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Commonwealth Games 2018: Mirabai Chanu's journey from impoverished childhood to India's heroine at Gold Coast

Kolkata: Commonwealth Games gold medallist Mirabai Chanu show her weightlifting prowess even as a 12-year-old when she would comfortably lift more firewood than her elder brother.

At 23, Mirabai has the world at her feet as she earned India's first gold medal at Gold Coast after smashing the Games records in 48kg category snatch, clean and jerk.

 Commonwealth Games 2018: Mirabai Chanus journey from impoverished childhood to Indias heroine at Gold Coast

Mirabai Chanu celebrates after breaking the Commonwealth Games record in women's 48kg weightlifting. AP

Born to a poor family in Nongpok Kakching village about 20 kilometres from Imphal, the youngest among six siblings, Mirabai would go to collect firewood from a nearby hill with her brother Saikhom Sanatomba Meitei, who is four years elder to her.

"One day I could not lift the bundle of firewood but Mira easily lifted it and took it our home, about two kilometres away. She was about 12-year-old then," Sanatomba told PTI, amid the noise of firecrackers in celebration of Mirabai's success at her home.

It was the earliest memory of Mirabai that Sanatomba could recall on a day the world champion weightlifter lived up to the reputation and brought laurels to the country at the 2018 Commonwealth Games.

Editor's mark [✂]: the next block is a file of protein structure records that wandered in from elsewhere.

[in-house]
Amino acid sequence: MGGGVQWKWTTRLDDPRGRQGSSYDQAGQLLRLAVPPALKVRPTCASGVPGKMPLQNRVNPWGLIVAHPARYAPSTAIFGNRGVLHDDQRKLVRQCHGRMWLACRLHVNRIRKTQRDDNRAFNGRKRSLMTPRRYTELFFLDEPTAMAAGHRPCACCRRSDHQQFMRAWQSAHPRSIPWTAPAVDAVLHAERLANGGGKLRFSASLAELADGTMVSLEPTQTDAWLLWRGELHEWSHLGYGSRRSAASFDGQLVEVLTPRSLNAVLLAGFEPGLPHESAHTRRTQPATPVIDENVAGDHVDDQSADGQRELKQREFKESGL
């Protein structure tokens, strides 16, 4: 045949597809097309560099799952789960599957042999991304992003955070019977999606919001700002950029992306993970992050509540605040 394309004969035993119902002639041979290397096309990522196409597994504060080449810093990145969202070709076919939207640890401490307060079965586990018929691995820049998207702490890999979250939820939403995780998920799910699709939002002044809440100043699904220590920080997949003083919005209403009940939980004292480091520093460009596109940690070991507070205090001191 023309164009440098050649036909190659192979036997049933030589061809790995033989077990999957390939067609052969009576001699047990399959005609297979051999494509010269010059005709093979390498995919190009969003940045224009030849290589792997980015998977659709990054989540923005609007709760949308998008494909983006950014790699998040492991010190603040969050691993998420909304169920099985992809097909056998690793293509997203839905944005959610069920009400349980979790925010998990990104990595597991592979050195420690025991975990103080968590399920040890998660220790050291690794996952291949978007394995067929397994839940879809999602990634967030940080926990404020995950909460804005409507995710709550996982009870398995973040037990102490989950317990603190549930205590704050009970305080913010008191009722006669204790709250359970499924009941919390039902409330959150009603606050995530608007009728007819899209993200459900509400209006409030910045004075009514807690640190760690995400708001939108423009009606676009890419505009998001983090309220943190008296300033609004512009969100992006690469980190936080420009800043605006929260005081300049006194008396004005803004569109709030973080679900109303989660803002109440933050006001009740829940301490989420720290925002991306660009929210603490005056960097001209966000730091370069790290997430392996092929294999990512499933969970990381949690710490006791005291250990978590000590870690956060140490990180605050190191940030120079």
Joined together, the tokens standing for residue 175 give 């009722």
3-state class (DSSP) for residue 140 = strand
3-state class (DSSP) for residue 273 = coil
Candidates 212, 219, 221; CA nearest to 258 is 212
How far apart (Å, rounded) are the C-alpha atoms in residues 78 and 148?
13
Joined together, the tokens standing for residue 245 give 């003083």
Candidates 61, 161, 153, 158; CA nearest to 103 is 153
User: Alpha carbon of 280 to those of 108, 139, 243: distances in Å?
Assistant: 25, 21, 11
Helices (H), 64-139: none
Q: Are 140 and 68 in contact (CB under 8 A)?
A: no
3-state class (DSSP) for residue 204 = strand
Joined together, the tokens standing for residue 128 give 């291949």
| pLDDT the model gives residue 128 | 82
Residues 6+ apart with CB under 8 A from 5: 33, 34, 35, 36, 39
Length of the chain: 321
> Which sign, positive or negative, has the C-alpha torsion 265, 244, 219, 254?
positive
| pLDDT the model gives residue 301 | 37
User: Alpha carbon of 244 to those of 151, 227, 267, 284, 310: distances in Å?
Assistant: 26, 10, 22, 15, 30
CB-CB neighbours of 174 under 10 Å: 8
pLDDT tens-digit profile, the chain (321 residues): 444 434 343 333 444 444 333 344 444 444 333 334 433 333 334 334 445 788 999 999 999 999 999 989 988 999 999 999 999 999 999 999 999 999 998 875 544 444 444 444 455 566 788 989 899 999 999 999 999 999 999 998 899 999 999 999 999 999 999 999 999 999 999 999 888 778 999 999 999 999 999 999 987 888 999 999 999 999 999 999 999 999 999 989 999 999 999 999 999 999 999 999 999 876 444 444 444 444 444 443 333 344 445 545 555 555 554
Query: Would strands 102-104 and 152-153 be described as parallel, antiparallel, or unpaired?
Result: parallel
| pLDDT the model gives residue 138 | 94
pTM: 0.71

"I used to play football then and I could see the passion in her to do something. She gradually went on to join weightlifting," Sanatomba, a state level footballer at the junior level, said.

"She always has the passion to achieve big. She never put her under pressure and is always ice-cool, something that was evident in her flawless lift."

Mirabai smashed the Commonwealth and the Games record in snatch, pulling off clean lifts in all her three attempts (80 kgs, 84 kgs and 86 kgs) to secure India's first gold.

Miles away her family along with about 15 village folks sat glued to the TV in the morning to watch Mirabai in action.

"I could see tears of joy on the faces of my father (Saikhom Kriti Meitei) and mother (Saikohm Ongbi Tombi Leima). They were speechless for a moment," he added.

The villagers came in and took her mother to celebrate with a traditional folk dance — Thabal Chongba — and smeared colours on each other's face, dancing in a circle.

"It will be a double celebration tomorrow, we will make Mira's favourite food — Kangsoi (a Manipuri stew delicacy). Sweets were being distributed since morning today and you could still hear the firecrackers late into the evening."

Mirabai's father is a lower level employee at the Pubic Works Department in Imphal, while her mother runs a small shop at their village.

"There was a lot of financial crisis for her and they could hardly support her. Despite all the hardships, she has reached a stage we never thought of... All these brought tears to my father and mother," Sanatomba said.

Things, however, have changed since the success of Mirabai, a silver medalist in the 2014 Commonwealth Games in Glasgow and a gold medallist in the Commonwealth Championships in Australia in July 2017.

Their family now hope that Mirabai is offered a Deputy Superintendent of Police post after her CWG success.

"All the people of the region have written to the authorities requesting DSP post for her. Now we hope she will get her dues," he signed off.

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Updated Date: Apr 06, 2018 04:35:29 IST